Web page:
My most memorable memory of Europe was probably the topless beach in Barcelona, Spain. Enjoy these beautiful castles on the Rine River in Germany.

My most memorable memory of Europe was probably the topless beach in Barcelona, Spain. Enjoy this picture of beautiful castles on the Rhine River in Germany.


Waxhaw, North Carolina, USA

My next “home.” It took about 8 years before it started to feel like home. I can call it home now without cringing. My time in Waxhaw was marked with a lot of rough spots due to adolescence, cultural adjustments, and loss of my previous home. But I have since forged the kind of friendships that make this place special. Any place can be lovely when you’ve got friends. And after this adjustment experience, I’m quite certain that I could survive in the Sahara Desert if I have some good friends with me.

Where we picked up the weird family tradition of visiting very old grave yards. Aslan was here.

On a completely unrelated note, my family picked up a weird tradition of visiting very old grave yards. Call it strange, but it really is one of my favorite things.


San Pedro Sula, Honduras

After 1 uncomfortable year in Waxhaw, NC, we moved to San Pedro Sula for a year. My dad was flying for Samaritan’s Purse which was there to help with the hurricane relief efforts across the country. We were blessed by Samaritan’s Purse, who found us a nice house to live in. But right around the corner from where we were was a shanty town, where families used the river next to their houses as a bathtub, toilet, and kitchen sink. Their houses were made out of whatever they could find, but they kept them clean by sweeping their dirt floors down to hard packed soil.

Some of the kids from the shanty town would come by our house looking for work. My brother and I couldn’t speak Spanish enough to talk to them, but my mom made friends with them all and gave them food and sanitary items like soap. Eventually, we visited their shanty town with Samaritan’s Purse to offer medical services and Operation Christmas Child shoe boxes. When one of the mother’s saw that we had a camera, she ran home to dress up her little girl for a picture.

Most memorable child to me.

Most memorable child ever.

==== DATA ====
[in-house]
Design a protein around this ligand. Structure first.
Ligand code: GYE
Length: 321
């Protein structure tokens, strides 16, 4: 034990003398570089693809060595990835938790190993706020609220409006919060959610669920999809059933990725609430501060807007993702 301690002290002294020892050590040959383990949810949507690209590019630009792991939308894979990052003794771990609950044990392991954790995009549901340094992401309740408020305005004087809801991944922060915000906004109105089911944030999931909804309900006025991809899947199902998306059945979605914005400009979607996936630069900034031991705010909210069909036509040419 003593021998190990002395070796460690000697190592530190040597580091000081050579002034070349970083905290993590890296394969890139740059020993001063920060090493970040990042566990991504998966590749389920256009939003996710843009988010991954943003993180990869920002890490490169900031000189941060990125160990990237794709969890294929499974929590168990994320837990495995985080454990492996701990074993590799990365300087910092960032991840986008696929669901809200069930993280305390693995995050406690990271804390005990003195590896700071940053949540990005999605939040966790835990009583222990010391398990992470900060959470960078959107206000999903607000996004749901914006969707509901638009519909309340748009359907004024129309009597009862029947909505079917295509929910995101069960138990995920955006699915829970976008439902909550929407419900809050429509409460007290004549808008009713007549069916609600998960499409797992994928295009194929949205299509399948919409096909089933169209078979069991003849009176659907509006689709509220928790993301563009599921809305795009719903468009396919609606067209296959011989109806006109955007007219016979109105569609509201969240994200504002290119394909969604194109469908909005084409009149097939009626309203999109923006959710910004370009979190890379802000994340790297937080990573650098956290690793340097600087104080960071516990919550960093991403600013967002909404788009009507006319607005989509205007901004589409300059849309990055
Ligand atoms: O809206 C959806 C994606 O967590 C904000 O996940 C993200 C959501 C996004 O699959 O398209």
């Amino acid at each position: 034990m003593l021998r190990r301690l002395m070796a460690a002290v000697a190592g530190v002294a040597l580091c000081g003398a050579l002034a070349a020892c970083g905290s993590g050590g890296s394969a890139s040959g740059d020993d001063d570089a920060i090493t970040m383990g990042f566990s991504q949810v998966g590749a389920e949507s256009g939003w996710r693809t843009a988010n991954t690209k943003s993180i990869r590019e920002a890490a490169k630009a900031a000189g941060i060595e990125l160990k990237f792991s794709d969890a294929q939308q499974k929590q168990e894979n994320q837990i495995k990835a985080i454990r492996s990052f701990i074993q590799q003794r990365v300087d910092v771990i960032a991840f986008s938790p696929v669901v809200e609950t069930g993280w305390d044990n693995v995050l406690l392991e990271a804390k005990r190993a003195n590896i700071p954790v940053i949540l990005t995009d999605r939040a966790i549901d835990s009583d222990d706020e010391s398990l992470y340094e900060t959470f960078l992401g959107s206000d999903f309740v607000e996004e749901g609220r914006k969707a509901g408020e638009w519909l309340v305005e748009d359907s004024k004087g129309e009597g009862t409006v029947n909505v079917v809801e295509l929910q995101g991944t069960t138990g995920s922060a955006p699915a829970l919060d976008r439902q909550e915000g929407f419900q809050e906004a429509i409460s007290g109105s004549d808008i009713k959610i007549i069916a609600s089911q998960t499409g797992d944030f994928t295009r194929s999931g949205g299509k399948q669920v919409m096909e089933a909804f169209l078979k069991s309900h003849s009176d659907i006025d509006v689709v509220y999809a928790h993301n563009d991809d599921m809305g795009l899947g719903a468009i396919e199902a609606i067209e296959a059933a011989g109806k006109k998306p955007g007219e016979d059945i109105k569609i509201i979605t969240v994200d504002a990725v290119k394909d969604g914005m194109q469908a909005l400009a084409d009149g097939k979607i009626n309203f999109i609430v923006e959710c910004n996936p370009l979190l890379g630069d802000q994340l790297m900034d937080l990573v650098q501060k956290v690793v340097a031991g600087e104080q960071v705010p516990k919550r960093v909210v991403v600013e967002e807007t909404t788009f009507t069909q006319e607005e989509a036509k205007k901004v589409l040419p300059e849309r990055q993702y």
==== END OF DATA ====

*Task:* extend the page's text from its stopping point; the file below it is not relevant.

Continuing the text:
We only visited Israel for a short month. But in that month, we traveled across the whole (tiny) country and were privileged to feel, walk, and see the history of the world. There was way too much to see in one month. And so much to learn!

There was no single place in Israel that I can say, “I loved this the most” or “I will remember that more than anything.” Everything in Israel was ancient, holy, beautiful, packed with symbolic meaning, and awe-inspiring.

Ancient Roman theaters inspire me to perform a musical.

Ancient Roman theaters inspire me to perform musicals with my sister.



Brazil is very new to me. I’m still forming memories and trying to digest what just happened to me in the last six months. So much of it was meaningful and memorable–seeing my mother’s childhood home, witnessing God’s power at Iguassu Falls, gaping at the endless favelas crowding into every crevice of the hills around Rio de Janeiro. But what impacted me the most–that constantly surfaces in my mind–and what held true across the whole, giant country, is the kindness and friendliness of the Brazilian people. Everywhere I went, it was their genuine friendliness and good nature that made my trip awesome. Friends make any place lovely.

I met her in a glasses shop and within 25 minutes, she was my friend.

I met her in a glasses shop. I couldn’t speak Portuguese and she couldn’t speak English, but within 15 minutes, we were friends.

The Battle for the Skies

The rain is coming. Like an army waiting in ambush. I can’t see where it’s hiding, but the sky gives away that it’s there.

The ambush

My hair caught wind of this rumor of rain and immediately went into a frenzied hysteria.

I’m ready for it when it comes. My umbrella stands guard at my side. Once the onslaught begins, it wont stop for months. “Bring it on!” says my umbrella.

My fearless umbrella

My umbrella might need backup.